Fresh off win, Justin Thomas joins 59 club
HONOLULU (AP) — Fresh of his victory on Maui, Justin Thomas became the seventh player to join the "59 Club" on the PGA Tour when he made a 15-foot eagle putt on his last hole Thursday at the Sony Open for an 11-under 59.
Thomas thought his hopes at a 59 were over when his drive on the par-5 ninth hole at Waialae Country Club was a foot from clearing a fairway bunker on the left and rolled back into the sand. He figured he couldn't reach the green until realizing Daniel Berger hit 4-iron from the bunker onto the green.
Thomas figured "this wasn't a time to lay up."
He hit 5-iron clean and pure, and it settled 15 feet below the cup. Wasting little time over the putt, he poured it in for 59 and lightly pumped his fist. The excitement came from Berger and Jordan Spieth, and only when Thomas looked at their reaction did it begin to sink in.
"I got more excited from seeing them get excited," he said.
Jim Furyk was the last player with a sub-60 round when he closed with a record 58 at the Travelers Championship last summer. Furyk also had a 59 in 2013 at the BMW Championship, joining the exclusive group that includes Al Geiberger (1977 Memphis Classic), Chip Beck (1991 Las Vegas Invitational), David Duval (1999 Bob Hope Classic), Paul Goydos (2010 John Deere Classic) and Stuart Appleby (2010 Greenbrier Classic).
This was special because he made it look so easy.
Thomas, a 23-year-old with enormous power for his 145-pound frame, never hit more than a 7-iron into the par 4s at Waialae on a perfect day for scoring — very little breeze, fast fairways and soft greens. That 7-iron was chipped under the trees and into a bunker on No. 8 when he was trying to save par.
His only bogey came on his second hole, the par-3 11th, when his tee shot went into a bunker and he missed an 18-foot par putt.
Duval was the only other player to shoot 59 with an eagle on the last hole. Furyk at Conway Farms is the only other player to shoot 59 with a bogey.
Spieth, best friends with Thomas since they were 13, was more nervous than Thomas and far more demonstrative. Thomas had a 30-foot birdie putt on No. 7 that looked good even when it was inches from the cup until burning the edge. Spieth clutched the back of his neck and was still asking how the putt didn't fall when he walked onto the next tee. He was talking to himself, of course. He gave Thomas his space.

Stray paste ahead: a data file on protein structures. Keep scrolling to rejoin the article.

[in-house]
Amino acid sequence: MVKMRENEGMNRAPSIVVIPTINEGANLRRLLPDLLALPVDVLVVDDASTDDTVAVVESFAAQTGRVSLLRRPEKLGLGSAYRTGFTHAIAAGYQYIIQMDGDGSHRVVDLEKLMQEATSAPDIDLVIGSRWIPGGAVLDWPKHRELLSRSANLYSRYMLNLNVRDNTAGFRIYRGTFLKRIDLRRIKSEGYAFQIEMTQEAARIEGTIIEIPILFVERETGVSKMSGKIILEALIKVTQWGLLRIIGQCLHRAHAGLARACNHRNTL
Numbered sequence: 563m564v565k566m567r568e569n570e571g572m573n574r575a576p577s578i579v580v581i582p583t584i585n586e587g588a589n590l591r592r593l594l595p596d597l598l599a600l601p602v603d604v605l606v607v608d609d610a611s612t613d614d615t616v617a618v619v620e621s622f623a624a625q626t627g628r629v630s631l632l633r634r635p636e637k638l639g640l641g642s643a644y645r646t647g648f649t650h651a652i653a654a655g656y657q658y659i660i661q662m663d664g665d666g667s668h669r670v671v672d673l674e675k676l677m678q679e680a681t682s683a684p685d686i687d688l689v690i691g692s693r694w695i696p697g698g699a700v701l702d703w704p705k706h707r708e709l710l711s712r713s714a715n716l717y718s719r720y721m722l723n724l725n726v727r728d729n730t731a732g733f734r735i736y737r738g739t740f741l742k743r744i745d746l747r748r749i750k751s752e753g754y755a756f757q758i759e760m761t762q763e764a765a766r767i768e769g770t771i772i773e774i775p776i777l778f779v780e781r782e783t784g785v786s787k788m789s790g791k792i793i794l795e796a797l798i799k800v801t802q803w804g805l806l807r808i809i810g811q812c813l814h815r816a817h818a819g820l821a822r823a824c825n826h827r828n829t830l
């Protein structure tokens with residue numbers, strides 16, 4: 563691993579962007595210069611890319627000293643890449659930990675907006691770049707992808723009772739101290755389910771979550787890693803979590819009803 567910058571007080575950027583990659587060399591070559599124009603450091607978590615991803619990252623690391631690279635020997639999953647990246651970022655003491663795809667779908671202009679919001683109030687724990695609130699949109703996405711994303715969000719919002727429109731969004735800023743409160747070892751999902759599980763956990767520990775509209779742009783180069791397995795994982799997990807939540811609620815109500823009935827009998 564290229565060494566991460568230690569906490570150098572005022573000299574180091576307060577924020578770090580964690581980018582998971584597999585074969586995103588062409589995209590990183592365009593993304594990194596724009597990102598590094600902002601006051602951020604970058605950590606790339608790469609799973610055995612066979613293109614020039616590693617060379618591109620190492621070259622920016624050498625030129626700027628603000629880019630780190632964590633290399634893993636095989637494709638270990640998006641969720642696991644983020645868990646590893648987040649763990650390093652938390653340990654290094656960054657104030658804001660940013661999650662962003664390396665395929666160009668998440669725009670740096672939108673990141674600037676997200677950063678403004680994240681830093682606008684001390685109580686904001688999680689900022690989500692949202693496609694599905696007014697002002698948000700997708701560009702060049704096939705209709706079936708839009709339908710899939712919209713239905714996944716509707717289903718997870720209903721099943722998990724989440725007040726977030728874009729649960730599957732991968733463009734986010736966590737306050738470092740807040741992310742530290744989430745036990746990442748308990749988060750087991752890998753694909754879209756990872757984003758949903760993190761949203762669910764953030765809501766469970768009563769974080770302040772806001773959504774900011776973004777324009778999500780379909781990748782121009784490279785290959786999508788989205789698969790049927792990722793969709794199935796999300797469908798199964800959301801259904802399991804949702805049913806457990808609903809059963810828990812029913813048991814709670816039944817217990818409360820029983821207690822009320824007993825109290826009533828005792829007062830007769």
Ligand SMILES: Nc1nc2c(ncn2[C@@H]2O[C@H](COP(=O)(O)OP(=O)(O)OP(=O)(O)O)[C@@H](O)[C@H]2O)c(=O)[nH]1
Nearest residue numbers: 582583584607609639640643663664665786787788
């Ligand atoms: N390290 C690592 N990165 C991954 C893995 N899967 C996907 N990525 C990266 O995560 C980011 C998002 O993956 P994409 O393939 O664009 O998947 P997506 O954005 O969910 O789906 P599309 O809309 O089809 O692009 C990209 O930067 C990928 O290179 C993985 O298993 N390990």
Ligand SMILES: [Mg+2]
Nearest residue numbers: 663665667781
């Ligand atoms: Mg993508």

"It's like sitting on the bench with a teammate throwing a perfect game," Spieth said. "It was awesome. What an awesome last five rounds he's had."
Just four days ago, Thomas closed birdie-birdie for a 69 to win the SBS Tournament of Champions at Kapalua. He started his round Thursday at Waialae by pitching in from 35 yards for an eagle on the short 10th hole. And he was off.
"All my birdies were easy," Thomas said.
He was smashing drives when he could, especially on the par-5 18th hole when he found an extra long tee and hammered a high hook that left him only an 8-iron into the green. He narrowly holed that for eagle, settling for a 29. Then, he went birdie-birdie to start the front nine, and when he hit 7-iron to 5 feet for birdie on the par-3 fourth hole, the race was on to hit golf's magic number.
"He had full control of his golf swing," Spieth said.
Spieth and Berger were along for the ride. They all graduated high school in 2011 and grew up in junior golf. They were together a few weekends ago at a resort in Maui ahead of the Tournament of Champions.
And they put on quite a show, with Spieth and Berger each shooting 65. On only three holes — No. 15, 5 and 8 — did someone in the group not make birdie or better. Their best-ball score was 17 under.
The best part for Berger and Spieth was standing to the side of the 18th green to watch Thomas get his share of history, and delivering. Berger raised his arms in the air. Spieth gave it a left-handed fist pump.
"The coolest part for me was how excited they were for me on 18," Thomas said. "To do that with two of your best friends out here and two of your friends that you played with for so long ... those are people that I'm going to be playing with and hanging out with for the next 20, 25 years out here. I'll have that on them for now but that was a lot of fun."
Goydos was the only other player to shoot 59 in the first round. He was runner-up that year to Steve Stricker.
Maybe that's what allowed Thomas to keep his emotions in check. He said he thought about the 59 as he walked up to his final green.
"I'm like, 'If I make it, what am I going to do?' It's not like winning a tournament," Thomas said. "You have three days left to try to play well."
Even so, he was keenly aware of the feat. Thomas keeps a golf ball from all his victories dating to his days in junior golf. There will be special place for this one. His parents, Mike and Jani, walked the entire round with him. Mike Thomas already had the ball in his pocket.
This article was written by Doug Ferguson from The Associated Press and was legally licensed through the NewsCred publisher network.